Saying No

Before I received a formal acceptance from a physical therapy program, I was a mess. I was downtrodden and pessimistic about my chances of being accepted. And the weight of what I had sacrificed — a promising business career with its financial security — began to weigh heavily on my mind.

The first three admissions decisions I received were rejections. Big, fat, negative rejections. They pushed me to the edge of neuroses. They were dark, 100-foot swells that pushed me further from shore and muted any sign of light.

Lingering doubts began to fog my mind, which especially affected my motivation during my last prerequisite courses. I began to ask myself, “what’s the point of these community college classes if I’m just going to get rejected anyway?”

After one trying lab practical, I checked my phone and saw that I had gotten a voicemail. It was an acceptance. It mean that I finally had a chance to be a physical therapist. It meant that, no matter what, I was going to physical therapy school somewhere. It was one of the happier moments in my adult life, and it signified that the struggle was worth it.

I was so relieved that when I got back into my parked car, I sobbed. I couldn’t help it: years of pent up frustration and worry melted away. It actually took several hours for me to realize that I was accepted and safe.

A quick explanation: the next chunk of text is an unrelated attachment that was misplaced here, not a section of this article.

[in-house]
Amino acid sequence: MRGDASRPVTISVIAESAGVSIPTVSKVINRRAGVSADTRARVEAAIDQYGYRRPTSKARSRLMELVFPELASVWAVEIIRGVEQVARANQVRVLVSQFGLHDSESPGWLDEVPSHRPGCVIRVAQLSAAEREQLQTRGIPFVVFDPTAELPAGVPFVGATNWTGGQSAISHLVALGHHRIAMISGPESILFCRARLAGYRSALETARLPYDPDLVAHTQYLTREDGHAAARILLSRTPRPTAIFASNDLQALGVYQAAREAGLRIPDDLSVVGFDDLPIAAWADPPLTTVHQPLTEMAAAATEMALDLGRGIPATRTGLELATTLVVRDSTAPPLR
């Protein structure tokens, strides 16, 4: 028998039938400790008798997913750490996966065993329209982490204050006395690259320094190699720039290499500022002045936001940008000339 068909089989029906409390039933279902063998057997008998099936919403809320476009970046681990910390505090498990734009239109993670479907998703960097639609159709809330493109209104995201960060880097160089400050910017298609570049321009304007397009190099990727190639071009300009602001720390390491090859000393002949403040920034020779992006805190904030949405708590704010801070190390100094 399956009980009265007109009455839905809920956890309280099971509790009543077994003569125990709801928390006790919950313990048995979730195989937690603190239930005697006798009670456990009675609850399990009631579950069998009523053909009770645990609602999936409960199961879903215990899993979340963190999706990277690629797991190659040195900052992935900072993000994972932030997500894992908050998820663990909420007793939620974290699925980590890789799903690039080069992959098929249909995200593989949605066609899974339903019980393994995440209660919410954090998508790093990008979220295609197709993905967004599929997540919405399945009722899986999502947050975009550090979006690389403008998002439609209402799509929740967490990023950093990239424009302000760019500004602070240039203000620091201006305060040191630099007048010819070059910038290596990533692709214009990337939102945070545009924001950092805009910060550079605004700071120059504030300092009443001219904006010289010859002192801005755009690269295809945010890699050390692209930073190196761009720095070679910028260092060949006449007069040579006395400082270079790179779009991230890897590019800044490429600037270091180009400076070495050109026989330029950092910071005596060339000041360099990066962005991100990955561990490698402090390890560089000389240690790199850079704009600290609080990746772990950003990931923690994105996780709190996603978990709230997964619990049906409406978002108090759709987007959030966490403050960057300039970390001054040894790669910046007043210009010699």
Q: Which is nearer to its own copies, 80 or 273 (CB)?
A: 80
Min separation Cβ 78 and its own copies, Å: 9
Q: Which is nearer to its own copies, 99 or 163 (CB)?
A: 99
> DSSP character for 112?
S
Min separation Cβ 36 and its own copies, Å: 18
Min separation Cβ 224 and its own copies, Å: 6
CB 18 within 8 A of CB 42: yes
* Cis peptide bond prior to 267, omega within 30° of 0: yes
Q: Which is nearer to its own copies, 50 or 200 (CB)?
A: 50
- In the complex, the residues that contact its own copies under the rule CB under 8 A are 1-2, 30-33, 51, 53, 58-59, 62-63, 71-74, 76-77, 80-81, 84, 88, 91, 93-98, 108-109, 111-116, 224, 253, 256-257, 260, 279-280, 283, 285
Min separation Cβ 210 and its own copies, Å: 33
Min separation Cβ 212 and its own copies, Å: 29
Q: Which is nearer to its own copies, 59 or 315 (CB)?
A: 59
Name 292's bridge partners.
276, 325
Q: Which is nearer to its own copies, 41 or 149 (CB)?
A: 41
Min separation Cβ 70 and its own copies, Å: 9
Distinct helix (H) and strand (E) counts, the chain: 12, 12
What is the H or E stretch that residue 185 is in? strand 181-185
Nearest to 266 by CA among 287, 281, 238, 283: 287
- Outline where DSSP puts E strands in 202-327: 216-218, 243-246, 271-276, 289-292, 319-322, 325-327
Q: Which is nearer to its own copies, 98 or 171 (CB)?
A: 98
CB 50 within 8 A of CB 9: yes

To sweeten the pot, the program director, who left the initial voicemail, turned out to be an incredibly nice and encouraging person. They truly went above and beyond, in terms of reaching out to me, talking about the program strengths and addressing any issues about relocating to that city. Graduate admissions processes tend to be very faceless interactions, with lots of paperwork and transcripts obscuring the fact that someone’s hopes and dreams are buried under all of the clutter. This program director served as a one of the few spots of humanity during this process; they treated me like a person, not just another numbered applicant.

Today, I called that program director to tell them that I needed to withdraw my letter of intent. The conversation was actually very pleasant: they made sure that I had accepted an offer elsewhere and they said that they were sad that they wouldn’t have me in class. It went as well as I could have hoped but it was personally unsettling all the same.

In my mind, they were the first ones to take a chance on me. And I’ve spurned them. Getting accepted by this school was such a joyous occasion that, although I’ve made the right decision, the finality of saying “no” to them was jolting.

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